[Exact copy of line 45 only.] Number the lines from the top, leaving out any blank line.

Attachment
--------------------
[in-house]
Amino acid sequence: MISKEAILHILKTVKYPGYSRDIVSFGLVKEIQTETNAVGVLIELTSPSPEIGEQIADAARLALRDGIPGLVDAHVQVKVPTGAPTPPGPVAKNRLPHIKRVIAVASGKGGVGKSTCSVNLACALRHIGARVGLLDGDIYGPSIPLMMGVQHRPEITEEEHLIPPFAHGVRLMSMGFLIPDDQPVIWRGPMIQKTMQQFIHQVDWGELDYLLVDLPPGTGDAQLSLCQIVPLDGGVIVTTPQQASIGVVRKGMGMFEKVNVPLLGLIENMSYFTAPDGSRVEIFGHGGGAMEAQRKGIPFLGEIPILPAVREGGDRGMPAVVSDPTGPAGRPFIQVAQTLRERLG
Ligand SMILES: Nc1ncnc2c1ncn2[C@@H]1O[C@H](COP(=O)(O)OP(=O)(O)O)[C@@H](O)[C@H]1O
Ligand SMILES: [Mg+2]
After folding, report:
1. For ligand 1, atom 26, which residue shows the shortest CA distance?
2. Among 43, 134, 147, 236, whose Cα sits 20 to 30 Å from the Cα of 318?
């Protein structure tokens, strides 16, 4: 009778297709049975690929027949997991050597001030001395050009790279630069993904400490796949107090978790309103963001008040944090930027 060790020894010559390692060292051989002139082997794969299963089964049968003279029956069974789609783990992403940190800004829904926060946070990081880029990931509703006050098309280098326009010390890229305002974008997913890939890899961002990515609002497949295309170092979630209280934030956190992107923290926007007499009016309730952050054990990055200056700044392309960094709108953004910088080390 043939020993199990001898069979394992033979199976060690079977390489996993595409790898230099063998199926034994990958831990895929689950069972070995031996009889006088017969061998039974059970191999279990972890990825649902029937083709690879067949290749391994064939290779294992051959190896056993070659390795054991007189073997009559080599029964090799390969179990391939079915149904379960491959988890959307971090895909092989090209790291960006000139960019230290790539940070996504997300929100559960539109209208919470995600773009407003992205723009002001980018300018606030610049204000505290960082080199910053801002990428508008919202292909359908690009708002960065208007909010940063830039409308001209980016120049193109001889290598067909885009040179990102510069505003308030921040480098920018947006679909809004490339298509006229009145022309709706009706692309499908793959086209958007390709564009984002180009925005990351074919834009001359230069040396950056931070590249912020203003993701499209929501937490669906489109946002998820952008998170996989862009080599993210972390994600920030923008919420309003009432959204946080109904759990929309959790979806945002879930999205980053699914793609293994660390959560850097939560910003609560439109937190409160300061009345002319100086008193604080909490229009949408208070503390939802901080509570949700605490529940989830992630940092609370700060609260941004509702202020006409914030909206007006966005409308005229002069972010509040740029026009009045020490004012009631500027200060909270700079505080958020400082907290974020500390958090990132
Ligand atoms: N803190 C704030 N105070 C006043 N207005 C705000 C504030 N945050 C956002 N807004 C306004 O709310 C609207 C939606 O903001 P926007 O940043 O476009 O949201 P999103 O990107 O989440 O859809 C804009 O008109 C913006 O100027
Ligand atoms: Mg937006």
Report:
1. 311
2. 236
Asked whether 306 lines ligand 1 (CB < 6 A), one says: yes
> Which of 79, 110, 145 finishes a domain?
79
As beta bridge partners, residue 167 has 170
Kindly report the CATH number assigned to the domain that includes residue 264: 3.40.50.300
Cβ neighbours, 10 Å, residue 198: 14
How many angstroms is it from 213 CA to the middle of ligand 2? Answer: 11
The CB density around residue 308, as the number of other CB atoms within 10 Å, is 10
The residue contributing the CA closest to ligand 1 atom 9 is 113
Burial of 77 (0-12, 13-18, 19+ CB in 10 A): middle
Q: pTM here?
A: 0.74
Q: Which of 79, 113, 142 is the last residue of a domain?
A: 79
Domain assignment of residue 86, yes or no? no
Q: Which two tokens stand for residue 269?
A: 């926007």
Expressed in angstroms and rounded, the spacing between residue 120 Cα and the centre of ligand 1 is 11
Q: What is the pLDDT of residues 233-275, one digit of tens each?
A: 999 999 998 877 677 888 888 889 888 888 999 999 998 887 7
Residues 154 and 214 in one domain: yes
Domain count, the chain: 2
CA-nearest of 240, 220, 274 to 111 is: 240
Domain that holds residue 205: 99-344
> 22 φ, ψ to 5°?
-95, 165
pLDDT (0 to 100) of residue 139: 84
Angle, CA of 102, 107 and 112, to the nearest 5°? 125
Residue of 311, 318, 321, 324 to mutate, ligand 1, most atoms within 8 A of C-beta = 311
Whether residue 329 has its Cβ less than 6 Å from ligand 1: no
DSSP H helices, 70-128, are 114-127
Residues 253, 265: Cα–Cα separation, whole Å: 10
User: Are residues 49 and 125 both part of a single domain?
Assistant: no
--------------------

Residues 253, 265: Cα–Cα separation, whole Å: 10